Finally, Nepal and India’s relations with great powers have come to affect their bilateral relationship. After promulgating its 2015 constitution, Nepal has been more assertive in conducting policy without any foreign interference. At the moment, however, Kathmandu is confronting two opposing visions: China’s Belt and Road Initiative (BRI) and the U.S. Free and Open Indo-Pacific (FOIP) strategy, and faces a difficult task of delicately balancing these two opposing views. Both promise Nepal greater prosperity but exist in opposition to one another.

Kathmandu is confronting two opposing visions: China’s Belt and Road Initiative and the U.S. Free and Open Indo-Pacific strategy, and faces a difficult task of delicately balancing these two opposing views. Both promise Nepal greater prosperity but exist in opposition to one another.

Nepal faces a particular dilemma over its economic ties with Beijing. While China has majorly stepped up its presence in the country as Nepal’s single-largest source of foreign direct investment, the United States has also recently demonstrated a desire to elevate Nepal under its FOIP strategy against China. India and the United States maintain reservations about Chinese investment in large-scale infrastructure projects and growing influence in South Asia, including Nepal. Consequently, Nepal has so far adopted a cautious approach while preferring projects under BRI. Kathmandu must chart a course between its two neighbors as it engages with Beijing on BRI to avoid friction in the India-Nepal relationship.

Kathmandu has also recently been met with the possibility of a closer defense relationship with the United States. The U.S. Indo-Pacific strategy document, unveiled in June, stated that Washington would like a deeper defense ties with Nepal “focused on HA/DR, peacekeeping operations, defense professionalization, ground force capacity, and counterterrorism.” Though India may be coming together with the United States in the Indo-Pacific, New Delhi is likely to be hesitant of a warmer Nepal-U.S. defense relationship given the unique relationship between the Indian and Nepali armies (India has a long history of recruiting the Gorkha regiments of the Indian army from the hill districts of Nepal). Nepal will have to be mindful of its relationship with India if it begins cultivating and deepening defense ties with the United States.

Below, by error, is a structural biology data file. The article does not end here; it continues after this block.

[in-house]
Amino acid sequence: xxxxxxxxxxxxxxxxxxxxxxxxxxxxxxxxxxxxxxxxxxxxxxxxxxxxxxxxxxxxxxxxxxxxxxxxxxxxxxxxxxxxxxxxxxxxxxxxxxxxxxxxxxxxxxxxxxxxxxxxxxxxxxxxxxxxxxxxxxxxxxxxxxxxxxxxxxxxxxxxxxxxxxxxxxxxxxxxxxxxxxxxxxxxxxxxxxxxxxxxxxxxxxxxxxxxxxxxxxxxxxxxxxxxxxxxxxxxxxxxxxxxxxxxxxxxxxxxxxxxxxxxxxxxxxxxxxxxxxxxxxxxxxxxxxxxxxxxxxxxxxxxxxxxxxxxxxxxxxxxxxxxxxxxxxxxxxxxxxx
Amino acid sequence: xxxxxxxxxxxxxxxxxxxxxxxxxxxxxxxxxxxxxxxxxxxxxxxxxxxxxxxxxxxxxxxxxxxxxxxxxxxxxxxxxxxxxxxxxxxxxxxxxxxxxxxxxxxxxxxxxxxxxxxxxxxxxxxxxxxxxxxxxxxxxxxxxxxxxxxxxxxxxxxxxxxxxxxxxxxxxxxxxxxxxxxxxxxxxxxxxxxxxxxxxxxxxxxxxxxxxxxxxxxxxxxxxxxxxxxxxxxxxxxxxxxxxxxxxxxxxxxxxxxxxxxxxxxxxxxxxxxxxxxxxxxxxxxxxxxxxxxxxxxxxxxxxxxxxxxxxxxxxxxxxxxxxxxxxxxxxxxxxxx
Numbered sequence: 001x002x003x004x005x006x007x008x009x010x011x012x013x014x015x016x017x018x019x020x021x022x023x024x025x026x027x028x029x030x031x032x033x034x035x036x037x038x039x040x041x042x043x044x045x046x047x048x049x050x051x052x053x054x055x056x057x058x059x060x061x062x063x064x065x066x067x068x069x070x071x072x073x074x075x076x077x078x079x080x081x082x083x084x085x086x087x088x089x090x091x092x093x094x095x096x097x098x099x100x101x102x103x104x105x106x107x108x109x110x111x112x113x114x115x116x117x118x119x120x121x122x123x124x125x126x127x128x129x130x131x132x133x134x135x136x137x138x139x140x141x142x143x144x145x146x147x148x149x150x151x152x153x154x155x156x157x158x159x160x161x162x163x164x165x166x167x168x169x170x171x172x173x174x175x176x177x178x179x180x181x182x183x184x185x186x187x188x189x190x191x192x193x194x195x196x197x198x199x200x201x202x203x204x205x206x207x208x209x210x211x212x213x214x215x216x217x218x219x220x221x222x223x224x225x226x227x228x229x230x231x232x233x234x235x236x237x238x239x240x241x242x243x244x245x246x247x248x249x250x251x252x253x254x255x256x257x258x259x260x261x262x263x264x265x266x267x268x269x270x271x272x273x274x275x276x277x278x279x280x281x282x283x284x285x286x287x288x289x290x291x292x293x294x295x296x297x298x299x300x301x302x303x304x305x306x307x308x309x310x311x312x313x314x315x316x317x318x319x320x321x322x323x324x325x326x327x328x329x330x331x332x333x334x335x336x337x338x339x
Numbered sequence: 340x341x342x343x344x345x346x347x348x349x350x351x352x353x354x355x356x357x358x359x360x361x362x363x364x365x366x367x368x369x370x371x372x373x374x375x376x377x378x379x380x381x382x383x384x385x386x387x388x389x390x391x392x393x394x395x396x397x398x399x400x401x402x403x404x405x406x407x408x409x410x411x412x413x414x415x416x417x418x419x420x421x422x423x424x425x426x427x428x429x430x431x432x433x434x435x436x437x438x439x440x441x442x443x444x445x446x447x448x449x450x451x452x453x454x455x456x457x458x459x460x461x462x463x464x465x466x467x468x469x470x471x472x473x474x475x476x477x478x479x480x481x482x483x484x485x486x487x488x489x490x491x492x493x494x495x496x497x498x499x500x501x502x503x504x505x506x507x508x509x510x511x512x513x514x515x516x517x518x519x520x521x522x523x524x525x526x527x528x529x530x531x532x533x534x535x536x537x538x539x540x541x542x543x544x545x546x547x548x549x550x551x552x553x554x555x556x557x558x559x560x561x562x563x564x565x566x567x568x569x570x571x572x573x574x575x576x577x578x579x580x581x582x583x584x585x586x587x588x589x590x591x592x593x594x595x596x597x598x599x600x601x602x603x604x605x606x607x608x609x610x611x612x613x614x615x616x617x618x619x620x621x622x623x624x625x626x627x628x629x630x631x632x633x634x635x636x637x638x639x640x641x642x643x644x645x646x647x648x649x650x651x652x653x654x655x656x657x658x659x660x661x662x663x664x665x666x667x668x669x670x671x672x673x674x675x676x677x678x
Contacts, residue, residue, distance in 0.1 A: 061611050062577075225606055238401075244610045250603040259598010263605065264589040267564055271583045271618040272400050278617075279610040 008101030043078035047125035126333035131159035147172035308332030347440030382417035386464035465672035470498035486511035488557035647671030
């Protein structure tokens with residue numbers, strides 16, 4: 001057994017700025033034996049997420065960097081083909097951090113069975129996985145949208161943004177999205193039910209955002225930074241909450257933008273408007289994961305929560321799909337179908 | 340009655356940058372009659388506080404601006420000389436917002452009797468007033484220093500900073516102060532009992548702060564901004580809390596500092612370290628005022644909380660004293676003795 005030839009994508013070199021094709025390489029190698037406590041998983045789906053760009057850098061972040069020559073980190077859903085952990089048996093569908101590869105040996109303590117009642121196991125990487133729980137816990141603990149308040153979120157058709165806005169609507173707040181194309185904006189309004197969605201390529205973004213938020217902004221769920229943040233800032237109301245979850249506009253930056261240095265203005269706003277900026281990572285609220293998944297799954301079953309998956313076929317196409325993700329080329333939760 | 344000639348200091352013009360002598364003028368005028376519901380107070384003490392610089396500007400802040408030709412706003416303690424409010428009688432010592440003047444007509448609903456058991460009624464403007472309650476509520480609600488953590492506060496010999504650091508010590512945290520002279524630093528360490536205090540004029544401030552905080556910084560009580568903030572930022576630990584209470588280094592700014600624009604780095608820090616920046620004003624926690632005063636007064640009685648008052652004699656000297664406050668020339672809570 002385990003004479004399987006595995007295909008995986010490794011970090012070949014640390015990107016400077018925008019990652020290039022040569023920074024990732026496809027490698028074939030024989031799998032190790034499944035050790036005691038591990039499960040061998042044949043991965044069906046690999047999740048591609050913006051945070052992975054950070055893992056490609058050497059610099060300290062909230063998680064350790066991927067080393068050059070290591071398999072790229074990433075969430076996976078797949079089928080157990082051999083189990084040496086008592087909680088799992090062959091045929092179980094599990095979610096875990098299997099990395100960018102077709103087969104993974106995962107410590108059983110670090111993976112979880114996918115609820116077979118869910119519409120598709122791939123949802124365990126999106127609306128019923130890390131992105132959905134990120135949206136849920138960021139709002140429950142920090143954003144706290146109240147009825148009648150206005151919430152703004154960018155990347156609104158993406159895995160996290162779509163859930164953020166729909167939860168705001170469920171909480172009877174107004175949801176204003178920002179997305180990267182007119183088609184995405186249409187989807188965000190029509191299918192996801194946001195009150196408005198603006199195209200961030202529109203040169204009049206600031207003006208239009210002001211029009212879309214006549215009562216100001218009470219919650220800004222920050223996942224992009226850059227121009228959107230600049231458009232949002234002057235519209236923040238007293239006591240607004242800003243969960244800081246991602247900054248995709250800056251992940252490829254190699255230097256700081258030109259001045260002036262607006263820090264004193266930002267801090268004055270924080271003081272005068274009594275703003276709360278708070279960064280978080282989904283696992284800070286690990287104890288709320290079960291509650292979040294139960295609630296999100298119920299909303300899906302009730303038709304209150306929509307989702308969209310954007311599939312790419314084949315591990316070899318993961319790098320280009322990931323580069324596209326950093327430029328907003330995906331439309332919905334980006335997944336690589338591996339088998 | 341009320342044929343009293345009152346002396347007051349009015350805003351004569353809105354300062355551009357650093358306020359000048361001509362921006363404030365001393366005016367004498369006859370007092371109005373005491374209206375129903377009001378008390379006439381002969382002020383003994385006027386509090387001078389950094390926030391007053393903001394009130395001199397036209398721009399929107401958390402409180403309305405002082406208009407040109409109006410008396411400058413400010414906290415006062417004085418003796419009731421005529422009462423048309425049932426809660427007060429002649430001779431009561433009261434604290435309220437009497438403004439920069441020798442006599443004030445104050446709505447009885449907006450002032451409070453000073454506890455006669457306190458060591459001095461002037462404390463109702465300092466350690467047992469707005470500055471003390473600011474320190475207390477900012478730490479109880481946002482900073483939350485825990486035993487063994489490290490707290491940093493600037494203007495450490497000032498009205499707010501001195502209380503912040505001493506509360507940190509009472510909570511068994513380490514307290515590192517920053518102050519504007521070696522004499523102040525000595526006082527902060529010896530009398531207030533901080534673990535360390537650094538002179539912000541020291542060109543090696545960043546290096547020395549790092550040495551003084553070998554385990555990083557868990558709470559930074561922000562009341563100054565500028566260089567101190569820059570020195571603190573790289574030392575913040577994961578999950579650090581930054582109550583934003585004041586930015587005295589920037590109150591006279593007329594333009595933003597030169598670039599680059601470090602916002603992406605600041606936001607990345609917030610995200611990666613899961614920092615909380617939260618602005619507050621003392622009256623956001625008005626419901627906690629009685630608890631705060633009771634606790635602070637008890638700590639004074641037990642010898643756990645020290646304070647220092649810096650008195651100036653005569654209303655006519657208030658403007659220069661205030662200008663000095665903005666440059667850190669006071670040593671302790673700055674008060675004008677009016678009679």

Moving Forward

For India’s part, it should recognize that only a strong and prosperous Nepal can address India’s genuine security interests in Nepal, such as counterfeit currency and the chances of terrorist groups misusing the border. As a neighbor, India should be generous in addressing concerns raised by Nepal, instead of viewing Nepal as only a potential sphere of influence. Of late, the degree of India’s interference in Nepal’s political affairs has seemed to decrease, positively contributing to bilateral relations. Continuing a policy of noninterference will foster an environment more conducive to solving other bilateral issues.

For Nepal’s part, the government should resolve differences with India exclusively through diplomatic channels, rather than taking those issues to the street in order to take political benefits.

For Nepal’s part, the government should resolve differences with India exclusively through diplomatic channels, rather than taking those issues to the street in order to take political benefits. By taking bilateral issues to the people for political gain, Nepal’s leaders may have a harder time reaching compromise at the diplomatic table later on, as public opinion may have already hardened against India. Finally, Nepal has been—and should continue to be—cautious on how to tackle the two conflicting visions of BRI and FOIP. Both India and Nepal should work hard to enhance their bilateral relations independently of BRI and FOIP. The countries should instead cooperate on resolving simple issues such as the inundation of Nepali land due to Indian construction along the border, trade bottlenecks, and minor border disputes.

Both Nepal and India are close neighbors and can therefore not afford to strain the relationship as they have in the past. Nepal, coming out of chronic political instability, is solely focused on its economic development. The time is now for the second Modi government to contribute to Nepal’s journey toward economic prosperity.

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Image 1: MEAPhotogallery via Flickr

Image 2: East-West Center via Flickr

Posted in , China, Economics, Economy, Geopolitics, India, Nepal, Politics

Kamal Dev Bhattarai

Kamal Dev Bhattarai

Kamal Dev Bhattarai is a Kathmandu-based journalist and writer. He writes in international media about Nepal’s foreign policy, mainly focusing on India and China. In the last five years, he is rigorously following Nepal’s policy towards India and China, and vice versa. He was New Delhi Bureau Chief Kantipur Media Group, Nepal’s largest media house, from 2016-2018. As a senior political correspondent of The Kathmandu Post and The Himalayan Times, he closely followed Nepal’s peace and constitution drafting process. He has written a book about Nepal’s peace and constitution drafting process, titled Transition: From 12-Point Understanding to Constitution Promulgation. He teaches journalism and mass communication in colleges and is involved in media research.